Barriers to accessing computing

The crux of my dissertation work is exploring the supports and barriers to accessing computing at the school level. I explore the relationship between public high schools in Georgia offering computer science and possible predictive variables at the school, district, and county levels. I follow this with building case studies of select schools that personify different aspects of the computer science landscape, to investigate esoteric variables that aren’t currently gathered in large, publicly-available data sets.


Parker, M. C., & Guzdial, M. (2019, July). A Statewide Quantitative Analysis of Computer Science: What Predicts CS in Georgia Public High School?. In Proceedings of the 2019 ACM Conference on International Computing Education Research (pp. 317-317). ACM.

influences to success in computing

Socioeconomic status (SES) is correlated with academic achievement, including computer science achievement. We explored the relationship between SES and CS achievement via mediating variables, namely spatial reasoning and access to computing. We found further evidence to support the relationship between spatial reasoning and SES and CS, which is promising for future efforts to minimize achievement gaps for low-SES students in CS.


Parker, M. C., Solomon, A., Pritchett, B., Illingworth, D. A., Marguilieux, L. E., & Guzdial, M. (2018, August). Socioeconomic Status and Computer Science Achievement: Spatial Ability as a Mediating Variable in a Novel Model of Understanding. In Proceedings of the 2018 ACM Conference on International Computing Education Research (pp. 97-105). ACM.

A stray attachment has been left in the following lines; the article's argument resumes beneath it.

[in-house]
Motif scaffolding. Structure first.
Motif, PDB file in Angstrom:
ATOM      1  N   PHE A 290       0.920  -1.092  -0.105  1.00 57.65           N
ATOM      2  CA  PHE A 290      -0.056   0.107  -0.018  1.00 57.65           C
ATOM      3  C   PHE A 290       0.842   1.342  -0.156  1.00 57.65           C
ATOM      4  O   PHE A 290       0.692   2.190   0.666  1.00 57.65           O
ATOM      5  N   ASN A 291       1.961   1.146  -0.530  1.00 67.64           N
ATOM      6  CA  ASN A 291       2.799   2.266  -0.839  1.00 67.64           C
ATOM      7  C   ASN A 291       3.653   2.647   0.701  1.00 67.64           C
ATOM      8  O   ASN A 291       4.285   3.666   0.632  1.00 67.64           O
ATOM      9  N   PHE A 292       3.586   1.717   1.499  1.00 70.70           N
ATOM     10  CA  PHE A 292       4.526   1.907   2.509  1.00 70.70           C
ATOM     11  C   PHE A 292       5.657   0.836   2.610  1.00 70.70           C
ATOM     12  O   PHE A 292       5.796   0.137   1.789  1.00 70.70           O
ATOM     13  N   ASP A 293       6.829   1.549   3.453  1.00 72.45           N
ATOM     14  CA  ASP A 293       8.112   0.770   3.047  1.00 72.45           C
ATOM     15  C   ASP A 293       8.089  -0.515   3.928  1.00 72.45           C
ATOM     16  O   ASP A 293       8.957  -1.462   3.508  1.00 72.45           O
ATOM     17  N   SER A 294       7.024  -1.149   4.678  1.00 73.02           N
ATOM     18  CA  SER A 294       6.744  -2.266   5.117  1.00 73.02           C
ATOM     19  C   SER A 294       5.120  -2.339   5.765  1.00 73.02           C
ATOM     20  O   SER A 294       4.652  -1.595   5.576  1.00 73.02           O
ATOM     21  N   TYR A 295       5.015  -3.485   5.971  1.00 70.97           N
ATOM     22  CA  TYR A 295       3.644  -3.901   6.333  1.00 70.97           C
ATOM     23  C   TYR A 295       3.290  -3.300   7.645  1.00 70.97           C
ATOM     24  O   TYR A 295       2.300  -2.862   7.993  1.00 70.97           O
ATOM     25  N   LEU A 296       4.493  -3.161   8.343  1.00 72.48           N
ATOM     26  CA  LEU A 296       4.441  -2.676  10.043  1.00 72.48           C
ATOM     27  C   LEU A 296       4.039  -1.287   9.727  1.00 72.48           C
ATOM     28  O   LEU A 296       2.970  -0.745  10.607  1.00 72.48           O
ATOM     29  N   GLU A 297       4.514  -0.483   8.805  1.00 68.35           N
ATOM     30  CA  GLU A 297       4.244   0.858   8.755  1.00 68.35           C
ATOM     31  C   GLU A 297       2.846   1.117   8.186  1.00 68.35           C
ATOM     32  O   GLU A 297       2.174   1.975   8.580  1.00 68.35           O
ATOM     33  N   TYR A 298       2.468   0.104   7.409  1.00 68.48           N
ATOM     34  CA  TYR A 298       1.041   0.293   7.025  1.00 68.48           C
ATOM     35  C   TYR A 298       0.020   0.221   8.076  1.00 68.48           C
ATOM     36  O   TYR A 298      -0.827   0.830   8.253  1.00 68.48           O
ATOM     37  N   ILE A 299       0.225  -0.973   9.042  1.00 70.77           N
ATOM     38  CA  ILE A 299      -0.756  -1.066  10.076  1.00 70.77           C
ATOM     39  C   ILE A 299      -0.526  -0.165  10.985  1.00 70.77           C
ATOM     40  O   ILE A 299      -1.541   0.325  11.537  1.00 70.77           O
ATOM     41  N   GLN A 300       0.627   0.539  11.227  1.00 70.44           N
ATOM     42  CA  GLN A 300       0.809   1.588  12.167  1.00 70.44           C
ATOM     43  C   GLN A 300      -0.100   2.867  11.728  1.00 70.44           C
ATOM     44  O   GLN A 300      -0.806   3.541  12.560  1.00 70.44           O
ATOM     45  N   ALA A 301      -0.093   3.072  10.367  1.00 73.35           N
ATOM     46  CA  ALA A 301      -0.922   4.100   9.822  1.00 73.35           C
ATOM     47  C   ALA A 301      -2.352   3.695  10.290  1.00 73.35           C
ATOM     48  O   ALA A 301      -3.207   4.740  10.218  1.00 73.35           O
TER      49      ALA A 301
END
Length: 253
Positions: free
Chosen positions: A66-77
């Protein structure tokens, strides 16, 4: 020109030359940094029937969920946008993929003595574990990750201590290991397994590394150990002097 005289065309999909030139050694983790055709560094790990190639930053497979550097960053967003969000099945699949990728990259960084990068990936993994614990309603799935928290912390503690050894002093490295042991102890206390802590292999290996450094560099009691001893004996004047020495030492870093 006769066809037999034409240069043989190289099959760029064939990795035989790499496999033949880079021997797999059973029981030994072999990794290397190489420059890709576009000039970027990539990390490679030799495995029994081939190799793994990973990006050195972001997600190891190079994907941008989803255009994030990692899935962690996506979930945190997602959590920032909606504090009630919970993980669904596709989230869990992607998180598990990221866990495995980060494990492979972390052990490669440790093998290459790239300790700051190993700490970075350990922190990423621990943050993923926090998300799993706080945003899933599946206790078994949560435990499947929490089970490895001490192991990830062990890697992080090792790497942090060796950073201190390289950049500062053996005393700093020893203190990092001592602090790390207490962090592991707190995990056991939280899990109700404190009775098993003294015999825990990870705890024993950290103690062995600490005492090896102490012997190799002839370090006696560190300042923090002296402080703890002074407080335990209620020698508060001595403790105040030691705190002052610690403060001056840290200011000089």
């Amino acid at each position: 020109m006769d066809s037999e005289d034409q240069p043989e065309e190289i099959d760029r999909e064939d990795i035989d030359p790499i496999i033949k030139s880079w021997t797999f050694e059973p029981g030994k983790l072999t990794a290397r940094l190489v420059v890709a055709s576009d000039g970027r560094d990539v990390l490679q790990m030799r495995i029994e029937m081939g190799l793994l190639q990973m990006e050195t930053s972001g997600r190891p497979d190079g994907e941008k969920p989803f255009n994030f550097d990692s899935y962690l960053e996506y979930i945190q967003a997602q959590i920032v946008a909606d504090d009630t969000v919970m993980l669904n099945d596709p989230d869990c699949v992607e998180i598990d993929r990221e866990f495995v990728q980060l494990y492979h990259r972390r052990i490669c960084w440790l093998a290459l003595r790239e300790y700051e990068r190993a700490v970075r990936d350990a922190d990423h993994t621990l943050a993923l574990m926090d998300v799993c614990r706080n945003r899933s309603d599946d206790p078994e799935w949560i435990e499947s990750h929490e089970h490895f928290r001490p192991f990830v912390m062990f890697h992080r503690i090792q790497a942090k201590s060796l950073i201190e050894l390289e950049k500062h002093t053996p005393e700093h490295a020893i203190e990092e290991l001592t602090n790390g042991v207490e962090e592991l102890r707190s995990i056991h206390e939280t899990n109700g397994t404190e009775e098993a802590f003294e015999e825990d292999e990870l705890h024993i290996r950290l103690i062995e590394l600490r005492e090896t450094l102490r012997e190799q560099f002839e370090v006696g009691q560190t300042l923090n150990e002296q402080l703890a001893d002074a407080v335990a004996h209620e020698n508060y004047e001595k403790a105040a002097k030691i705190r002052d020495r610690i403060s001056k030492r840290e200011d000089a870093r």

measuring success in computing

The Second CS1 Assessment (SCS1) is a validated, pseudocode-based assessment for introductory computing. We share our process of replicating a previously validated assessment and validating the replication. The SCS1 can be used to measure student learning in various research interventions and to build and improve other CS assessments.

If you’re interested in using the SCS1 in your classroom or research, please click here for more information.


Parker, M. C., Guzdial, M., & Engleman, S. (2016, August). Replication, validation, and use of a language independent CS1 knowledge assessment. In Proceedings of the 2016 ACM conference on international computing education research (pp. 93-101). ACM.

As computer science grows, teachers need resources for learning the content and pedagogical content knowledge needed to teach their students. Our work has focused on building browser-based eBooks for computer science, especially for AP CS Principles. Even though both teacher and students are learning the material for the first time, our research provides evidence that teachers use the eBook differently than their students.

Check out our eBook for students in CS Principles here.


Ericson, B. J., Rogers, K., Parker, M., Morrison, B., & Guzdial, M. (2016, August). Identifying design principles for CS teacher Ebooks through design-based research. In Proceedings of the 2016 ACM Conference on International Computing Education Research (pp. 191-200). ACM.

Parker, M. C., Rogers, K., Ericson, B. J., & Guzdial, M. (2017, August). Students and Teachers Use An Online AP CS Principles EBook Differently: Teacher Behavior Consistent with Expert Learners. In Proceedings of the 2017 ACM Conference on International Computing Education Research (pp. 101-109). ACM.

Tools for Learning CS

Understanding Runtime Analysis

Big-O analysis can be an incredibly difficult topic for undergraduates learning computer science. What is it about runtime analysis that make it hard for students to understand? We found that logarithms are a critical piece of the puzzle.


Parker, M., & Lewis, C. (2014). What makes big-O analysis difficult: understanding how students understand runtime analysis. Journal of Computing Sciences in Colleges, 29(4), 164-174.